As a boy in rural Alabama in the 1940s, U.S. Rep. John Lewis, LL.D. ’12, recalls how he used to hide under the front porch of his home to wait for the bus to come up the hill and take him to school. He badly wanted an education.His teachers encouraged him to read, but his family had few books, so he would wait until his grandfather was done with his newspaper and read that instead. It’s where he drew the inspiration he needed to become an icon of the nation’s Civil Rights Movement and an influential congressman.“I kept hearing my parents and my grandparents saying, ‘Boy, don’t get in trouble; don’t get in the way,’” Lewis told a rapt audience of 600 Harvard alumni gathered Monday evening at the Smithsonian National Museum of African American History and Culture for Your Harvard: Washington, D.C. “But Rosa Parks and Martin Luther King Jr. and my teachers inspired me to get in the way, to get in trouble,” he said, “what I call today ‘the good trouble.’ And I want to thank you, as graduates of Harvard University, as leaders, for getting in the way. Thank you for getting into trouble.”The story shared by Lewis, whom Harvard President Drew Faust called “one of my heroes,” resonated on an evening in which Faust emphasized the link between liberty and learning.U.S. Rep. John Lewis, LL.D. ’12, shared a story from his childhood that inspired him to “get in trouble … what I call today ‘the good trouble,’” he said.“Education liberates the mind, even when the body is oppressed. It gives us perspective — as a passport to other times, other places, and other points of view, as well as a way to learn about ourselves, to reimagine our lives — that alters us forever,” said Faust, who is also Lincoln Professor of History.The program, which took place on the anniversary of a U.S. Supreme Court ruling banning segregation of public buses, opened with a moving performance of “Sing Out/March On,” a song written by Joshuah Campbell ’16 and sung by Campbell, Aislinn Brophy ’17, and students Eden Girma ’18, Isaiah Johnson ’20, Lindiwe Makgalemele ’18, Roderick Mullen ’19, and Michael Wingate ’18.In her remarks, Faust paid homage to the museum’s artifacts that serve as testaments to a passion for learning — including a leaflet for Freedom Summer, a 1964 program that Lewis helped organize in which 1,500 college student volunteers registered thousands of first-time voters in Mississippi and opened more than 40 “freedom schools” — and she recognized that there remains a troublesome disparity in educational access fueled by geography.“What Freedom Summer volunteer could have imagined that we would still be discussing today, in this museum, the persisting gap in educational attainment in a nation where, after more than 50 years, access to education is still not equal?” Faust said.A faculty conversation, which included Albert R. Hunt of Bloomberg News (far right), explored educational equity in America. Harvard Professors Roland G. Fryer Jr. (from left) and Tomiko Brown-Nagin, Dean James E. Ryan, and Hunt discussed the merits of school integration among other key topics.It is incumbent upon Harvard, Faust said, to help close that gap in order to attract students of talent and promise from every background, across the U.S. and the world. Harvard has worked to make strides in that area, particularly through financial aid, merit-based testing, its merger with Radcliffe College, and its outreach and advocacy for first-generation, low-income, and undocumented applicants.“The pursuit of truth and the pursuit of education have defined Harvard’s purpose,” Faust said. “And that purpose has led inexorably — even if far too gradually and sometimes haltingly — toward increasing access and inclusion, toward opening the gates of learning.”Faust closed with a call to action for Harvard’s future direction: “Education and freedom are inseparably intertwined, as this museum so powerfully reminds us. We must continue to advance the hope and the reality of what education can achieve. We must continue to insist and to demonstrate that facts and knowledge matter. We must heed the call to arms, as we continue our work to open the gates and close the gap.”The audience listened to speakers at during the Your Harvard: Washington, D.C., event.Faust’s remarks came on the heels of a spirited faculty conversation that explored further the challenges to educational equity in America. The speakers discussed the merits of school integration, improving schools versus students, affording families the opportunity to choose their school districts, and local involvement in education reform.Tomiko Brown-Nagin, professor of history in the Faculty of Arts and Sciences, Daniel P.S. Paul Professor of Constitutional Law, faculty director of the Charles Hamilton Houston Institute, and co-director of the Program in Law and History at Harvard Law School, grew up in the Deep South in the 1970s and was among the first African-Americans in her area to attend an integrated school. “Many will say desegregation is too costly for black students; there’s social isolation, low expectations, and a lot of other disadvantages,” Brown-Nagin said. “But at bottom the benefits outweigh the costs. Students who attend desegregated schools end up with higher career aspirations and in a better place in our world.”Roland G. Fryer Jr., Henry Lee Professor of Economics and faculty director of the Education Innovation Laboratory, agreed with the argument for integration. “Kids who grow up in inner cities and in poverty need more resources than the students they should ‘hitch their bandwagon to,’” Fryer said. “Social mobility has slowed because kids don’t have that kind of opportunity. To get to a true meritocracy, that’s where we need to go.”The Smithsonian Institution National Museum of African American History and Culture was the center of Your Harvard: Washington, D.CWhether the solution to closing the gap in education comes down to schools or students was another matter up for debate. “Students should get to school in the right shape and ready to learn. That requires a whole different set of investments,” Fryer said. “Schools can be great accelerators of the inputs that they have. Whatever we bring them, they can make better. Some of the best schools in the world can take kids who are in poverty and get them to ‘pass the test.’ But if we got them kids who just got more sleep or were ready to learn when they got there, they would be ready to excel more.“I believe in parents having more choices. We need to decouple the relationship between exactly where you live and the quality of education,” said Fryer, whose research examines geography and the negative effect it can have on educational equity.“We need to break down the barriers that exist between suburban and urban schools,” added James Ryan, dean of the Harvard Graduate School of Education and Charles William Eliot Professor of Education. “The parents and students who attend these different school systems, while just a few miles away, couldn’t be further apart. If you think about what happens from that ignorance, it’s a fear of the unknown or a feeling of, ‘Oh, it’s too bad those kids aren’t doing well. But they’re not my kids.’”Education is the Civil Rights Issue of Our TimeYour Harvard: Washington, D.C. was the latest in a series of global gatherings during The Harvard Campaign. The program was co-sponsored by the Harvard Alumni Association, the Smithsonian Institution National Museum of African American History and Culture, the Harvard Club of Washington, D.C., and the Harvard Black Alumni Society. The series will continue in February with a gathering of alumni and friends in San Francisco.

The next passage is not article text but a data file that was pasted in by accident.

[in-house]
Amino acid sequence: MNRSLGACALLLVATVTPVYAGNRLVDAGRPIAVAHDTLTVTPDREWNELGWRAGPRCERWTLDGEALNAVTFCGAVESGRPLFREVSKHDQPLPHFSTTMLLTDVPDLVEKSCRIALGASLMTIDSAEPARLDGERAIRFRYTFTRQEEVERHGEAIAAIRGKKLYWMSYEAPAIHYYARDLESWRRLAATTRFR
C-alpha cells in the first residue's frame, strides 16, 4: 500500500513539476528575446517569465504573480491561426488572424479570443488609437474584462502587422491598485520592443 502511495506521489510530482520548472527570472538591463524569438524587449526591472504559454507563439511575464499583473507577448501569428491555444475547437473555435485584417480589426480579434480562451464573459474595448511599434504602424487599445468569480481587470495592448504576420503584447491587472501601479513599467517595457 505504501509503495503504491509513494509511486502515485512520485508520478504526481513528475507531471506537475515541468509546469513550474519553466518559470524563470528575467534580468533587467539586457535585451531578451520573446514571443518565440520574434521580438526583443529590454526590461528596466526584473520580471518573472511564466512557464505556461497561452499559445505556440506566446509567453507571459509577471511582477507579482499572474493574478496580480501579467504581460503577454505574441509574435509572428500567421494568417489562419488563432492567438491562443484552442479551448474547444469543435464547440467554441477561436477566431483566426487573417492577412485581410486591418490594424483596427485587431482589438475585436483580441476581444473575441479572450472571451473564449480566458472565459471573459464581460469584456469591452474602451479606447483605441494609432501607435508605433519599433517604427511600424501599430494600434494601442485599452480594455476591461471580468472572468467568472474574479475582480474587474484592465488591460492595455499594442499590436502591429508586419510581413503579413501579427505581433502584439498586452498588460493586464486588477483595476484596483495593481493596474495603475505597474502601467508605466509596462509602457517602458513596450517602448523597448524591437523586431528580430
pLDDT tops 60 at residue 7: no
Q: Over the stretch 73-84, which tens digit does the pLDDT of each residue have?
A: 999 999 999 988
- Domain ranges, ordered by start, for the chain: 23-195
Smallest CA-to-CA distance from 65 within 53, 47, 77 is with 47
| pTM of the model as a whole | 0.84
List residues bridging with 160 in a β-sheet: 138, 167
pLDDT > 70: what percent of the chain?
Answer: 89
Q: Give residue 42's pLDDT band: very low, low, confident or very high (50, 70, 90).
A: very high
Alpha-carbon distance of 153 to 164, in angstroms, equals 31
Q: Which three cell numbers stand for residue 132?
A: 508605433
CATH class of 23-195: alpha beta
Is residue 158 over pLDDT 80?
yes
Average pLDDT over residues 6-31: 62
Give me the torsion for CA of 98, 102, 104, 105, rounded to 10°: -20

The University will renovate several residence halls for a variety of reasons this summer, according to Jeff Shoup, director of the Office of Housing. Shoup said for approximately six years the housing office has been gathering data on whether the halls are making optimal use of their space. “We’ve been looking more closely at the halls and how we use their rooms and square footage,” he said. “Our goal has been and continues to be to make sure that, for example, what is a double in Dillon [Hall] is close to a double in Stanford [Hall].” Shoup said his office studies housing applications each year to determine if the residence halls can handle the number of spaces requested. “Sometimes we get a few more students moving off and sometimes a few more staying on,” he said. “It’s kind of fluctuated.” Regardless of the guesswork involved, Shoup said his office does significant research to be fairly confident in predicting how many spaces each residence hall will need the following year. “We look at the number of people we have retained and the anticipated number of first-year students and it’s a bit of an educated guess, but I think it’s pretty educated with all the data I have,” he said. This spring, more women chose to remain on campus for next year than the office had predicted. As a result, some female dorms such as Farley Hall and Cavanaugh Hall are adding beds. “Those were the two that we have added the most beds to,” Shoup said. “Rooms that had been used as triples in past years, we moved back down to doubles in the last couple years. We’re making them back into triples. It happens a little every school year.” Despite this, Shoup said renovations to the residence halls are not all to increase the maximum occupancy of the dorm. Lyons Hall, which will undergo renovations this summer, will decrease its occupancy. The changes include converting student rooms to study spaces and adding a kitchen. “We had used the annex, which is not a great place for rooms, for students’ rooms,” Shoup said. “We’re already working on changing that space.” Lyons rector Megan Brown said the changes to the dorm have been planned for a long time. “Since Lyons’ need for an upgrade was very high, given both the limited amount of public space per hall resident and the condition of public spaces in the hall, Lyons was the perfect candidate for an experiment in hall renovations,” Brown said. Brown said she expects students will be satisfied with the renovations. “The increase in public space in the hall will be a huge benefit to the women in the hall, since the hall currently lacks adequate study and social space compared to most other halls on campus,” she said. Some male dorms will decrease their occupancy next year as well, Shoup said. “Some of the men’s halls are putting some rooms that had been student rooms back to lounges,” he said. “We’re reducing rooms in Stanford [Hall] and Keenan [Hall].” Although several dorms will undergo minor reconfigurations, Shoup said the only major renovations for next year will take place in Lyons Hall. These changes will hopefully provide insight into future renovations for other residence halls, Brown said. “If student satisfaction with the space increases accordingly, we may have found a new model for hall improvement going forward,” she said. Contact Mel Flanagan at firstname.lastname@example.org